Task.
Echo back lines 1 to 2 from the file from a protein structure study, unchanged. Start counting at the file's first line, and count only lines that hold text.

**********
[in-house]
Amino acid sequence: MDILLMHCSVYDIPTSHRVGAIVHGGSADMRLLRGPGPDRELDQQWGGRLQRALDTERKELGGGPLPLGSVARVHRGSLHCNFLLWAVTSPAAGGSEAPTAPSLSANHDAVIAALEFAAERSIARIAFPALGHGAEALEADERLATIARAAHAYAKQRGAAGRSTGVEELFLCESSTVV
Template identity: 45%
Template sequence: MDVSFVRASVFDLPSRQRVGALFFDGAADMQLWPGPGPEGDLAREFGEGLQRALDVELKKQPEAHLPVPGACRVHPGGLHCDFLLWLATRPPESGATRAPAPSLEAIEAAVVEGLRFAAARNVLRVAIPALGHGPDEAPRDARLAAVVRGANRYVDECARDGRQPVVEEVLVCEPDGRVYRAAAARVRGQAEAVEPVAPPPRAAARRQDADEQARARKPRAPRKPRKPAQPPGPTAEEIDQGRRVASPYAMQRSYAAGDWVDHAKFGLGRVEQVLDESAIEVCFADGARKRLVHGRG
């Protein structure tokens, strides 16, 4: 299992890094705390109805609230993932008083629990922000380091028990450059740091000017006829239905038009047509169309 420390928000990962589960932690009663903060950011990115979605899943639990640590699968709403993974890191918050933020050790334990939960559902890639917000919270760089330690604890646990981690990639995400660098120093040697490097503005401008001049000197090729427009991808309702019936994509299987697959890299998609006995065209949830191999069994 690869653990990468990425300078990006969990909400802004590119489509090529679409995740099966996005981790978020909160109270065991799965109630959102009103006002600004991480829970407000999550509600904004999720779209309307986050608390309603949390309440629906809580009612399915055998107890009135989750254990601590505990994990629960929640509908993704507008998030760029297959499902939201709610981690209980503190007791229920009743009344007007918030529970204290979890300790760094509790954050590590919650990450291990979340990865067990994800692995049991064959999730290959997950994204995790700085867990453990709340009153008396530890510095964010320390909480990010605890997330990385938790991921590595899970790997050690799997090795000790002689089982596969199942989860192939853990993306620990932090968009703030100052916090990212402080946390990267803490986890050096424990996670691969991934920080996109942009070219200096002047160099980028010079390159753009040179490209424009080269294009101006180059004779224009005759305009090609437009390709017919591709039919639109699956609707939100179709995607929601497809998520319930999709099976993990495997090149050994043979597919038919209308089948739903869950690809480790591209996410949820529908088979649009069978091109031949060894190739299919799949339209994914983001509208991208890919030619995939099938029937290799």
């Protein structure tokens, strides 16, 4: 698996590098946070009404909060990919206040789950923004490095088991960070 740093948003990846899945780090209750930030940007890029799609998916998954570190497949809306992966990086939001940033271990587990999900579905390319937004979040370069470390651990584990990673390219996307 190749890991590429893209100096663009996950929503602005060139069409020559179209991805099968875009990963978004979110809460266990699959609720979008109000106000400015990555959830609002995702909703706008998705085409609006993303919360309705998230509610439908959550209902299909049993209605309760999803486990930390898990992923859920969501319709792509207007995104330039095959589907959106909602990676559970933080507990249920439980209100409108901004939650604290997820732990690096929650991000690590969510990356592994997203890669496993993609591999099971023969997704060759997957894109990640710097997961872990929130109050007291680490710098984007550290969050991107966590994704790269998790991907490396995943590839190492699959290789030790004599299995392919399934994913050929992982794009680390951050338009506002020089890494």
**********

[in-house]
Amino acid sequence: MDILLMHCSVYDIPTSHRVGAIVHGGSADMRLLRGPGPDRELDQQWGGRLQRALDTERKELGGGPLPLGSVARVHRGSLHCNFLLWAVTSPAAGGSEAPTAPSLSANHDAVIAALEFAAERSIARIAFPALGHGAEALEADERLATIARAAHAYAKQRGAAGRSTGVEELFLCESSTVV